De Beers has a gem of an idea: Make and sell fake diamonds

Business

De Beers has a gem of an idea: Make and sell fake diamonds

Trick is that prices will be around 75% below those of other synthetic diamond producers

Allan Seccombe

De Beers is tackling one of the biggest risks to its rough diamond business by setting up its own man-made diamond production and sales facility, undercutting its competition and drawing a clear distinction in the marketing of natural and laboratory-grown diamonds.
While the decision to move into laboratory-grown diamonds, which have the same look, hardness and chemical composition as natural diamonds, appears at first to be at odds with De Beers’ drive to protect its mined-diamond business, there is a canny strategy underlying the move.
De Beers established a new business called Lightbox Jewelry, with an initial focus on the US market, to deliver about 250,000 carats a year of cut and polished diamonds from 2020 at prices around 75% below those of other synthetic diamond producers, said De Beers CEO Bruce Cleaver.De Beers is investing $94-million over four years to build a plant delivering 500,000 carats or more of rough diamonds in Portland, Oregon, using the technology developed at its wholly owned subsidiary Element Six, which makes diamonds for industrial applications.
Prices will range from $200 per quarter carat up to $800 for one carat.
The output compares to the 33 million carats De Beers mined in Botswana, South Africa, Namibia and Canada in 2017, a figure that shows how relatively small the synthetic business was in the 85%-held Anglo American subsidiary, said Cleaver.
The De Beers strategy, endorsed by the presidents of the four countries in which it has mines, develops a very specific market for clearly flagged synthetic diamonds.Other synthetic diamond producers have advertised their goods as an ethical alternative to mined diamonds and pegged their prices as close as possible to the natural stones, ensuring a large margin.
Analysts have estimated synthetic diamonds could account for between 5% and 8% of the polished diamond market by weight, but less by value.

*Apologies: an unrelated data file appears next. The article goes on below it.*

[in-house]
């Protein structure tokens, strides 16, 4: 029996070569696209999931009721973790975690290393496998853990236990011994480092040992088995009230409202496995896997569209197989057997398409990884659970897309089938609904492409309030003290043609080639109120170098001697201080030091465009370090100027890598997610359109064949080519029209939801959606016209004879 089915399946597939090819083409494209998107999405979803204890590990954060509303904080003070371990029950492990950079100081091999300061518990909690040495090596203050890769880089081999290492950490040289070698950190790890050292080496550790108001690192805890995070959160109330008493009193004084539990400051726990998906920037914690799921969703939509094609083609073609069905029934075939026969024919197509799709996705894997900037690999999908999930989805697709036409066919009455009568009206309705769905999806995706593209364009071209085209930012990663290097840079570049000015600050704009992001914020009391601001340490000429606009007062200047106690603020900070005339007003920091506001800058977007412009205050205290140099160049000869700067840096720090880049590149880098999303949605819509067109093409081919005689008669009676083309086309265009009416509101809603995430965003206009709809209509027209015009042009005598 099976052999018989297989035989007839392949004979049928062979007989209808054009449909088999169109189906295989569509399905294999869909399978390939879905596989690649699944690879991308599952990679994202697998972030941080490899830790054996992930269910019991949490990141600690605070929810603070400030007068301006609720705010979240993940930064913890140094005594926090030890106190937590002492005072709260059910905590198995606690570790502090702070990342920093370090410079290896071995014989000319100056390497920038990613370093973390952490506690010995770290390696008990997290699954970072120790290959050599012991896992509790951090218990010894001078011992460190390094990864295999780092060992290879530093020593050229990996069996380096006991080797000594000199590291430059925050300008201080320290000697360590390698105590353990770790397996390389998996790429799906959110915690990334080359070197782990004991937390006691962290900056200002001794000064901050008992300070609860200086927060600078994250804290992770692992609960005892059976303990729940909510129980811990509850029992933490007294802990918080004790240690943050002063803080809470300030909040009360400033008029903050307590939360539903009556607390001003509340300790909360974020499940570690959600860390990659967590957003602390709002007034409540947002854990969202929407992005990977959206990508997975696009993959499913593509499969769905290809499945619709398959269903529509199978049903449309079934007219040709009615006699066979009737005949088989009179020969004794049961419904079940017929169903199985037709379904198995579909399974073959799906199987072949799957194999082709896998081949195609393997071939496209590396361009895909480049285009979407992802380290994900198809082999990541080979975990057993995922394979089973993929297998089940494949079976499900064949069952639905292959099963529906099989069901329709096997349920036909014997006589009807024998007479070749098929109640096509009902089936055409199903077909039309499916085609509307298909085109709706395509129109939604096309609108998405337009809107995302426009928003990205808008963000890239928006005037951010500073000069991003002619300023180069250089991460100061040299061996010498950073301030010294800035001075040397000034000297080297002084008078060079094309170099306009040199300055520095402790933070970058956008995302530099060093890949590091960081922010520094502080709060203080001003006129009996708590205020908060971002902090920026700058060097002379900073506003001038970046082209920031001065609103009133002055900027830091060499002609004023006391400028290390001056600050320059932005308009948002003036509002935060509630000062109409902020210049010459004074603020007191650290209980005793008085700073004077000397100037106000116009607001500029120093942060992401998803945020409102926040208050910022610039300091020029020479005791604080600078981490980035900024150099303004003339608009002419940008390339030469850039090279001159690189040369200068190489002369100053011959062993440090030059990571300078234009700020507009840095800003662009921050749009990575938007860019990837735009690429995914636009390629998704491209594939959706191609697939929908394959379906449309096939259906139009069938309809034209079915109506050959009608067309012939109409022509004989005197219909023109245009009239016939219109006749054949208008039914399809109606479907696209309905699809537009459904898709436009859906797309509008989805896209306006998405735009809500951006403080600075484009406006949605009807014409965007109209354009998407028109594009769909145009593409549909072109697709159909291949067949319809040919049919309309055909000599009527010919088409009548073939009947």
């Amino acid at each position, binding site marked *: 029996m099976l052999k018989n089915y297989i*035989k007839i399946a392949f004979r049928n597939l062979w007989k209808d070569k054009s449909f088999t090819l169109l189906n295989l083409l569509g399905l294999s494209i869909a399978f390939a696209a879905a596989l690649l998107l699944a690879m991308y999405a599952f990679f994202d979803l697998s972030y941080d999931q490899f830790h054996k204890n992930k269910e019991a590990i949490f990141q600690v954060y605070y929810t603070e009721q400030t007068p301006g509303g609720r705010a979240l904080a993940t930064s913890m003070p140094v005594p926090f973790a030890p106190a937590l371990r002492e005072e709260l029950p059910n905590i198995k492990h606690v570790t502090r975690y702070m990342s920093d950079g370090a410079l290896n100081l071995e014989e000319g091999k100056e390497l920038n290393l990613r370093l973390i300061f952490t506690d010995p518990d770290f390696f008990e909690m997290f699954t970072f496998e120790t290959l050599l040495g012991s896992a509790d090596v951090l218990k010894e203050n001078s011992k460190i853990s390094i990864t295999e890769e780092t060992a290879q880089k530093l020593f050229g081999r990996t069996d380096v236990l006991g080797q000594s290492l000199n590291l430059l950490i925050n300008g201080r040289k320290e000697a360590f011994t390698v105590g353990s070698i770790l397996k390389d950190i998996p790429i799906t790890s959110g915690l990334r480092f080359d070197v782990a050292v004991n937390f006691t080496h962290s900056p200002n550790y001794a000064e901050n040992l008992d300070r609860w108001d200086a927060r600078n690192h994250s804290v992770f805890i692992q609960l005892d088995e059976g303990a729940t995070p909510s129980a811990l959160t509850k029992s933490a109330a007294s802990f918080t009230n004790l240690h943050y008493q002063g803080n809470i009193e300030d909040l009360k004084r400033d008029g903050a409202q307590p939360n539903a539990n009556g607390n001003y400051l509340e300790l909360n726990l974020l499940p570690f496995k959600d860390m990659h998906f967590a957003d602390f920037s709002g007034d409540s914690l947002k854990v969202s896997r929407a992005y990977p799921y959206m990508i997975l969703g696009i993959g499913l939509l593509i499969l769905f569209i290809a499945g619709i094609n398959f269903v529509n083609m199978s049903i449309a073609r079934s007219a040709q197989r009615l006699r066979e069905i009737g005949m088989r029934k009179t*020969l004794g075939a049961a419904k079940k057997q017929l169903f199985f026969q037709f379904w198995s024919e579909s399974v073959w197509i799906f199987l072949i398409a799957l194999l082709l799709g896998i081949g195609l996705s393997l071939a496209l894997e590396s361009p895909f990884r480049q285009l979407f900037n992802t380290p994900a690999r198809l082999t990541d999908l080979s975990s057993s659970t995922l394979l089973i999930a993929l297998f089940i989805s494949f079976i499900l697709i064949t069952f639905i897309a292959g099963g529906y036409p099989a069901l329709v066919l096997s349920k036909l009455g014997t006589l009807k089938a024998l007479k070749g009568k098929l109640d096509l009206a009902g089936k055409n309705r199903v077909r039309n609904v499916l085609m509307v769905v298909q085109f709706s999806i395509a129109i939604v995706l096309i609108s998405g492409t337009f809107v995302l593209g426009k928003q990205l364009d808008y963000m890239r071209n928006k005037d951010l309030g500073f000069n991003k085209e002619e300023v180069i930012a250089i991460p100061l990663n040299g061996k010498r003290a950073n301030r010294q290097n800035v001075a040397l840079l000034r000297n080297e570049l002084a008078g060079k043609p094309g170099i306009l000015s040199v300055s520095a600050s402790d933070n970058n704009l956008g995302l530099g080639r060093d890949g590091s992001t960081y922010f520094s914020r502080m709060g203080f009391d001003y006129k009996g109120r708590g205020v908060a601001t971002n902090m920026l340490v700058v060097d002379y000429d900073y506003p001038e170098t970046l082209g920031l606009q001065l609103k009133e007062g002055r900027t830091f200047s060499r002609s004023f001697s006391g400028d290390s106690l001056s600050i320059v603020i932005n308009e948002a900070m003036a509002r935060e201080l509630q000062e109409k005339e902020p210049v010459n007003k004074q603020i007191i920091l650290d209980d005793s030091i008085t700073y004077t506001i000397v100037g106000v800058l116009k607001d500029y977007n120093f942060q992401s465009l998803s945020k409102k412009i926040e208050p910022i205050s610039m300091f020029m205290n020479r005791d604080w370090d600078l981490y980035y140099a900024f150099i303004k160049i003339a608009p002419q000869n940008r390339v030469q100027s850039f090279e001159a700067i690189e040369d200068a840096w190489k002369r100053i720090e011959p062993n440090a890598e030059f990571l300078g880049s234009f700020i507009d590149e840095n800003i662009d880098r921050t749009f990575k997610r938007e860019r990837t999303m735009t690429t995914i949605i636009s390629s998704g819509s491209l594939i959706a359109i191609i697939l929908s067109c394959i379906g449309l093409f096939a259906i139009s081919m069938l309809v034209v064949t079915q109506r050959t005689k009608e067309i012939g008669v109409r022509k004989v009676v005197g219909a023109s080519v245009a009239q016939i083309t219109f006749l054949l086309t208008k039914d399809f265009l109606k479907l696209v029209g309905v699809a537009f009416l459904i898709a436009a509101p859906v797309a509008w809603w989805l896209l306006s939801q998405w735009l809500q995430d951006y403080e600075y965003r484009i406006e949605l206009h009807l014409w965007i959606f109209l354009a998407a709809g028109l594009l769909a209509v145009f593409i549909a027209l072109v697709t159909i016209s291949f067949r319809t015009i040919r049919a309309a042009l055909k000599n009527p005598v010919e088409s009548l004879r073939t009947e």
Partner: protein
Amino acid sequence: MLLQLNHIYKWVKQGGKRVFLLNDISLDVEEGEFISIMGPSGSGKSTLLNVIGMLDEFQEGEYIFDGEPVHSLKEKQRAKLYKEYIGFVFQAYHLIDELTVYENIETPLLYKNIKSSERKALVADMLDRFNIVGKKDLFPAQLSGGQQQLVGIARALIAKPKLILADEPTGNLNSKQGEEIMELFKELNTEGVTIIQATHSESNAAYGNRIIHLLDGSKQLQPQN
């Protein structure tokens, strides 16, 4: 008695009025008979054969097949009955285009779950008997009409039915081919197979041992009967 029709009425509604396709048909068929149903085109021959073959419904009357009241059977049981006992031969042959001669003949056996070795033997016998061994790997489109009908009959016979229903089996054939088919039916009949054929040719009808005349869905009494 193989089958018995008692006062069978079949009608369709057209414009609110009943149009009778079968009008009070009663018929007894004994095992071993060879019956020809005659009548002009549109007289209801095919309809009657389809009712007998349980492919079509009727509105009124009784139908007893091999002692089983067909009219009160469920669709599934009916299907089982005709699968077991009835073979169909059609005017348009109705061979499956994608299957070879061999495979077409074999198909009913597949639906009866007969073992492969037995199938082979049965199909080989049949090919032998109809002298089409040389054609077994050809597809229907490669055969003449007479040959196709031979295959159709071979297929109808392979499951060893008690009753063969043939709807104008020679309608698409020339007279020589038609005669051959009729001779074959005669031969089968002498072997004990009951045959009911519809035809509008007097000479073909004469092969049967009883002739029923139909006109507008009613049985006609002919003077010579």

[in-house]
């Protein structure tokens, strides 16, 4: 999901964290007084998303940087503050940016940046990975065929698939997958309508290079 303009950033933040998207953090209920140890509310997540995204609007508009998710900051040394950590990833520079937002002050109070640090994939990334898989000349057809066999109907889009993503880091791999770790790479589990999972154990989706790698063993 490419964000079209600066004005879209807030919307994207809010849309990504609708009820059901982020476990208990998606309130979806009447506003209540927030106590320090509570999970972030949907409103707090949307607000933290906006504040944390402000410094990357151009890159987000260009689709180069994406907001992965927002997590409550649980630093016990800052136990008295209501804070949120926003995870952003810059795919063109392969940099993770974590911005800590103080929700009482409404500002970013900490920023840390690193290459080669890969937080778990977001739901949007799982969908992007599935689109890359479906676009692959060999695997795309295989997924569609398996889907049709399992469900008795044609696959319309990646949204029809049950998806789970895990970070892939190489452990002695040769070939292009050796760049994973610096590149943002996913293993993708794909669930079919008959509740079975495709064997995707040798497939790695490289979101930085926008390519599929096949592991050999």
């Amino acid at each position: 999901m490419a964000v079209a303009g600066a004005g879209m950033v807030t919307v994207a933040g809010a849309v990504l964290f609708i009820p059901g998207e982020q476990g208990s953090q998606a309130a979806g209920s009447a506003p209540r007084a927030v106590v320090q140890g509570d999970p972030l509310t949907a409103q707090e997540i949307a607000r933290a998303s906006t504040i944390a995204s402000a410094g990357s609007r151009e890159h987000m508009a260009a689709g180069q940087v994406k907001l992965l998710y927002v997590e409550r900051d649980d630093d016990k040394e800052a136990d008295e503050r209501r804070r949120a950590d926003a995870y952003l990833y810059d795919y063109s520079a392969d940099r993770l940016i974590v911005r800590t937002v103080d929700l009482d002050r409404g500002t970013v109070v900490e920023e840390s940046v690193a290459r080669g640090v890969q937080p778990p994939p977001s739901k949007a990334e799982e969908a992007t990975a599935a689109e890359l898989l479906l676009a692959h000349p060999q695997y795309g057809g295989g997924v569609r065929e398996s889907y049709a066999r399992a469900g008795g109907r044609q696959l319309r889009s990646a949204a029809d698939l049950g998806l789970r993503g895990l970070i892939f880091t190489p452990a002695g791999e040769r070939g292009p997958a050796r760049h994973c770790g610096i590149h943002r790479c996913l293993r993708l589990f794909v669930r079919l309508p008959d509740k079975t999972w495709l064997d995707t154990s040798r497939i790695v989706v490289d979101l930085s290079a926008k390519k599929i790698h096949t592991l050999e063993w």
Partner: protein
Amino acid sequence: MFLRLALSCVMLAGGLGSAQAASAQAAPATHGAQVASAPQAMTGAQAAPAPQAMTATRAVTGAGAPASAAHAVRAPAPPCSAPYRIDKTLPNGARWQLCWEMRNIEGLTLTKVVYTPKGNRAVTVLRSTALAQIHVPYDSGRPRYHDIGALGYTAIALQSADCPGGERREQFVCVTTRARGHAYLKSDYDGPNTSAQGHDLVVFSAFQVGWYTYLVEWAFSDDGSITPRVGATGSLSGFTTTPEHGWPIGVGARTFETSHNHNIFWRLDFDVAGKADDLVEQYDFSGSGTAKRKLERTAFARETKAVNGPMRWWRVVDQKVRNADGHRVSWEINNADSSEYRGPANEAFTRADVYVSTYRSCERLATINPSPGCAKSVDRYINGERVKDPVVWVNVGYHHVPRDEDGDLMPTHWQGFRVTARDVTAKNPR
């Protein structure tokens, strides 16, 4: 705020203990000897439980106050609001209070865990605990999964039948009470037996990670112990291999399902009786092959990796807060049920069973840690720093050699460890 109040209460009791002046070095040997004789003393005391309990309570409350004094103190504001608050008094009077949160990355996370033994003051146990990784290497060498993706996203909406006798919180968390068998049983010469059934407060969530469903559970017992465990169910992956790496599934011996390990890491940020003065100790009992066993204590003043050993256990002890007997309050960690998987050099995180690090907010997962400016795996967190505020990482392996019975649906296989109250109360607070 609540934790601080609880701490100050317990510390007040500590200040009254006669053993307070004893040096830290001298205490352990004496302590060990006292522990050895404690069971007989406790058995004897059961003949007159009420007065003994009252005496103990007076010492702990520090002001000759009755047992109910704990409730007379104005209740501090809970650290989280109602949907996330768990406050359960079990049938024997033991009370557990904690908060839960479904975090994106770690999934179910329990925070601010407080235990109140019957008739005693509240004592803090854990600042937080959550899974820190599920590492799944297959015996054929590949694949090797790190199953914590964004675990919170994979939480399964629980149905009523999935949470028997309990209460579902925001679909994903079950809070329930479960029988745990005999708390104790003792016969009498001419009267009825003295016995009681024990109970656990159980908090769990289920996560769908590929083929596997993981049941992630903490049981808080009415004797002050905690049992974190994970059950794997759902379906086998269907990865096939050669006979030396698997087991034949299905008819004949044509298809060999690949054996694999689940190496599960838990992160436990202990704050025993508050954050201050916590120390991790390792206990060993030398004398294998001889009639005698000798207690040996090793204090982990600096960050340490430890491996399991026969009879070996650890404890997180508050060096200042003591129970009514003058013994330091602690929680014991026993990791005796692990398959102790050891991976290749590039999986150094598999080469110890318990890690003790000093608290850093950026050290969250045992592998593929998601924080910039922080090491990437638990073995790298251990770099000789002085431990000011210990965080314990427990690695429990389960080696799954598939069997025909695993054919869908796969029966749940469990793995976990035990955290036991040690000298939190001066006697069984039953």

“While the numbers are not material, growing synthetic output and the marketing of them is seen by the mining industry as a risk to natural stones, particularly if they find their way into the pipeline undisclosed,” said Canaccord analysts Des Kilalea and Tim Huff.
“Lightbox plans to price off production costs rather than off natural diamonds, which is what most producers do. This could, we think, exert margin pressure on some man-made diamond factories which may not be as technically efficient as Element Six,” they said.
De Beers would remove consumer confusion about synthetic diamonds, Cleaver said.
“Our extensive research tells us this is how consumers regard lab-grown diamonds – as a fun, pretty product that shouldn’t cost that much – so we see an opportunity here that’s been missed by lab-grown diamond producers,” he said.
De Beers has developed machines that quickly discern synthetic diamonds from those formed hundreds of millions of years ago at great depth, pressure and heat within the earth.
Diamonds are made by De Beers using its chemical vapour deposition technology in a plasma reactor heated to 3,726°C and bombarded with carbon atoms. A one-carat diamond takes up to four weeks to grow.

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